When Carole learned that Prince William was attending St. Andrews and one of Catherine's classmates from Marlborough was attending, she encouraged her daughter to attend St. Andrews.
Catherine wasn't convinced. It took Carole visiting her daughter during her gap year in Florence that St. Andrews was the right choice since included an opportunity to be near the future king. The rest is history. Catherine decided to attend St. Andrews and soon met Prince William. They soon became good friends.

Well there were many things that helped them become friends, Andersen hints that one of the reasons why Catherine and William got very close was due to their mutual feelings about St. Andrews. Both were planning on telling their families during Christmas break they weren't happy and wanted to transfer to University of Edinburgh. The idea of Prince William leaving St. Andrews after one semester would be a disaster for the royal family and reputation. The royal family struck a deal with St. Andrews to keep Prince William happy (along with a brand new hunting rifle from Prince Charles). Meanwhile Carole told Catherine the prince's departure would damage his reputation and said all William needed was his friends at this time.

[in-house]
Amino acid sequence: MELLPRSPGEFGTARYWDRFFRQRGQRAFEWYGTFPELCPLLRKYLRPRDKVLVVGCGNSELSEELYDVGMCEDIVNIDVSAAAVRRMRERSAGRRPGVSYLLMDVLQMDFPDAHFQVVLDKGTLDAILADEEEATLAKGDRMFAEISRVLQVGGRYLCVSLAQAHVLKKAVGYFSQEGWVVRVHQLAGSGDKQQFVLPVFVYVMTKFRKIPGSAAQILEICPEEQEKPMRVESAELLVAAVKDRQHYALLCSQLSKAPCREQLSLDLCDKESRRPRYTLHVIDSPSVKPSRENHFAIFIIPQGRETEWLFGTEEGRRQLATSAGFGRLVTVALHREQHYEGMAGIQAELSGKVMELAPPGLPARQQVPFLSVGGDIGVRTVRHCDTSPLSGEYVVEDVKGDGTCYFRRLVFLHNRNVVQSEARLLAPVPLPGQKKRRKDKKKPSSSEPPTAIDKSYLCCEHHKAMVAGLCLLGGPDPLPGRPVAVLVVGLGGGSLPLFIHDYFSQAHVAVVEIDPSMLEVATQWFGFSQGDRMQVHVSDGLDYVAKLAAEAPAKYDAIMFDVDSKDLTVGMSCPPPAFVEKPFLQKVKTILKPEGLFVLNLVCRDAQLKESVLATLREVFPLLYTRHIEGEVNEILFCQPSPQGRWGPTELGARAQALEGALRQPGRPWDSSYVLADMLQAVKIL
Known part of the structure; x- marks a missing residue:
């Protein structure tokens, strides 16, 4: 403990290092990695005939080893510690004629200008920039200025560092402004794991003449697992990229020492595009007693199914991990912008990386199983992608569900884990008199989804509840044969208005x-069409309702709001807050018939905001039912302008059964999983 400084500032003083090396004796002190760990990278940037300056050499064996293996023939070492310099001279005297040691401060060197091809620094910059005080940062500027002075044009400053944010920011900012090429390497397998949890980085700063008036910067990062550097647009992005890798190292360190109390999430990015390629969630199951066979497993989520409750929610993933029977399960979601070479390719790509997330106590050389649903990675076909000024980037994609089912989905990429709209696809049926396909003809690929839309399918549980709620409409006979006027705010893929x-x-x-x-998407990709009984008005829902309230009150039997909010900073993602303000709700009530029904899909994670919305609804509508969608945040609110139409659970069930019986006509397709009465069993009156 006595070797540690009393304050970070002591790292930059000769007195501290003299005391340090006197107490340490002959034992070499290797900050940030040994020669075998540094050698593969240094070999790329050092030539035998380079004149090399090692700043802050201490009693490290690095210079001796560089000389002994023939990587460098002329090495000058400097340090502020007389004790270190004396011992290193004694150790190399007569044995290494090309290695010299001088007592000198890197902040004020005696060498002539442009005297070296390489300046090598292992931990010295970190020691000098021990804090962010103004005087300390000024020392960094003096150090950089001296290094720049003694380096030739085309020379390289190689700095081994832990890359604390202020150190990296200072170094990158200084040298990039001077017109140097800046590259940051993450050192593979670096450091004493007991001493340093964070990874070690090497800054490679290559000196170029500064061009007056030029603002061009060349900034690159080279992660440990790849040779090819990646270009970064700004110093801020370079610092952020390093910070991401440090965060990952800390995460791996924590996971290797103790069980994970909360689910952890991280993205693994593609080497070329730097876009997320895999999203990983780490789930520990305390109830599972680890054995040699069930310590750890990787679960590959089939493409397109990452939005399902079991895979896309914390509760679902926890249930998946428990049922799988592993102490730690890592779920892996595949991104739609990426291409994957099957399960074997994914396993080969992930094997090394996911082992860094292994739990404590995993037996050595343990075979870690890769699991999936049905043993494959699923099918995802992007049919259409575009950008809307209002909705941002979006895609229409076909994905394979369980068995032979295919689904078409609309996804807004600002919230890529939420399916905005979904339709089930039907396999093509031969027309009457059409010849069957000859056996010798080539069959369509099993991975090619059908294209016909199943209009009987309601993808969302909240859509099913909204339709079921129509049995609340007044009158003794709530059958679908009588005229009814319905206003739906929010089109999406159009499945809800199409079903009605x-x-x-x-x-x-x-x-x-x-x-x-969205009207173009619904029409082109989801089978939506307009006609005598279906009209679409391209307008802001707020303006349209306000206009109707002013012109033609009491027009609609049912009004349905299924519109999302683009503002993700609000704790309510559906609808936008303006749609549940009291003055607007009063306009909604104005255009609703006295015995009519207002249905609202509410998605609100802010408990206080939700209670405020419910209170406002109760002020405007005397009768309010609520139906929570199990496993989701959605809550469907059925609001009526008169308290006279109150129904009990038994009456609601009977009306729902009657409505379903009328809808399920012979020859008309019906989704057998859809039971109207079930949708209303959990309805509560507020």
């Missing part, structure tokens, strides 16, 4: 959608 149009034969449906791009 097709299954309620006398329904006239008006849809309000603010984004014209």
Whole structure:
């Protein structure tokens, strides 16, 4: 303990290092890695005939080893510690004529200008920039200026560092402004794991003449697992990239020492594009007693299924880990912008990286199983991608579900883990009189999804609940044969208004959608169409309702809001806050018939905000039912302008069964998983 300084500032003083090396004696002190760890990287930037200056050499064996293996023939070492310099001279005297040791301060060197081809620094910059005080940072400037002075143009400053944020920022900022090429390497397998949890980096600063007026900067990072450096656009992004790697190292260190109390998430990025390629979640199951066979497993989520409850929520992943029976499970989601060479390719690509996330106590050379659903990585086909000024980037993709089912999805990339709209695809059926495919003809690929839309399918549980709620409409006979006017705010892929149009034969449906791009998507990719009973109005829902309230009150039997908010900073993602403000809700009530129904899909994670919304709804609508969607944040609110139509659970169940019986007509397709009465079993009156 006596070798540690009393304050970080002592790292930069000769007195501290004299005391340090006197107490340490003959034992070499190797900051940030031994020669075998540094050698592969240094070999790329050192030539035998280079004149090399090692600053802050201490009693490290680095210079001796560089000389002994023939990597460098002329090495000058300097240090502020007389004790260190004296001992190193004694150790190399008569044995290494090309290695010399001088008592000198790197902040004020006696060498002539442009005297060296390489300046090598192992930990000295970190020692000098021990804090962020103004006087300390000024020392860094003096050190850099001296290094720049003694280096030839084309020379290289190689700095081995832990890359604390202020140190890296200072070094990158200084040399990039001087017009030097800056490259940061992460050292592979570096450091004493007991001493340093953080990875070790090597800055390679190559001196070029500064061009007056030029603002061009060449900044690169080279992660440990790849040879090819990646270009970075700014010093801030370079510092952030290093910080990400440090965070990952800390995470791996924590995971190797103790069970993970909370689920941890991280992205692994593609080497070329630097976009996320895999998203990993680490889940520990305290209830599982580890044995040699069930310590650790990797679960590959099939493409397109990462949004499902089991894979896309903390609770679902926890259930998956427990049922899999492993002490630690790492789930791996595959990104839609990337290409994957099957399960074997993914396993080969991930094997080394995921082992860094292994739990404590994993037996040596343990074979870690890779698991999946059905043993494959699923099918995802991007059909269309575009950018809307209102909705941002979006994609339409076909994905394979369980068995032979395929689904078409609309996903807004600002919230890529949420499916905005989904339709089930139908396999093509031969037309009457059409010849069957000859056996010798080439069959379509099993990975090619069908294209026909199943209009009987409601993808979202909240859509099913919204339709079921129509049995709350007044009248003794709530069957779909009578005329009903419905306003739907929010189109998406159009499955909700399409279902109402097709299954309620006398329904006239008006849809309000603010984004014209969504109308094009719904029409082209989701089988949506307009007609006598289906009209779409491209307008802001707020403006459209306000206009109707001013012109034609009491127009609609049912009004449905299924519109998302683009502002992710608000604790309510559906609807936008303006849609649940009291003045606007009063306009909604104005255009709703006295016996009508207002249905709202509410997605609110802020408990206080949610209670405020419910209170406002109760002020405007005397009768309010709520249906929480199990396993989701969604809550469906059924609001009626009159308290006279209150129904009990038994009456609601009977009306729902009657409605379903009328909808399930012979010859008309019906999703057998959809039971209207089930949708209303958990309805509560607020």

In the end, Catherine still was a big influence in William staying at St. Andrews. It just wasn't quite the way the story we have been told. Andersen says Catherine would later tell William that he should try making the best of St. Andrews. If he still wasn't happy in the end, he could leave and she would follow. Andersen says that she even told him that University of Edinburgh was her first choice all along.

2. The Middletons are Team Diana.

Although Catherine never met her late mother in law, Andersen says Catherine and her family have always been supporters of the late Princess. Andersen says the family wasn't a fan of the idea Prince Charles marrying Camilla. Andersen describes a conversation Catherine's grandmother had with a neighbor which spelled out the family's sentiments about the royal family. While at school at Marlborough, Catherine talked with her classmates about the royal family's heartlessness towards the late princess and of course sympathy for William and Harry.

Catherine's adoration of the late princess still continues to this day. Remember Catherine's comments about Diana from her engagement interview? Andersen seems to believe Catherine meant those comments she made and they show in the actions she's taken since that interview. Catherine made sure Princess Diana's presence was felt at her wedding with Diana's favorite flower lily of valley used in bouquets and planters along the nave of Westminster Abbey. When pressure was starting to be put on Catherine to support her own charities following her wedding, she once again turned to Diana for inspiration. Just look at some of the charities Catherine supports. Some are charities that even Diana supported when she was a member of the royal family.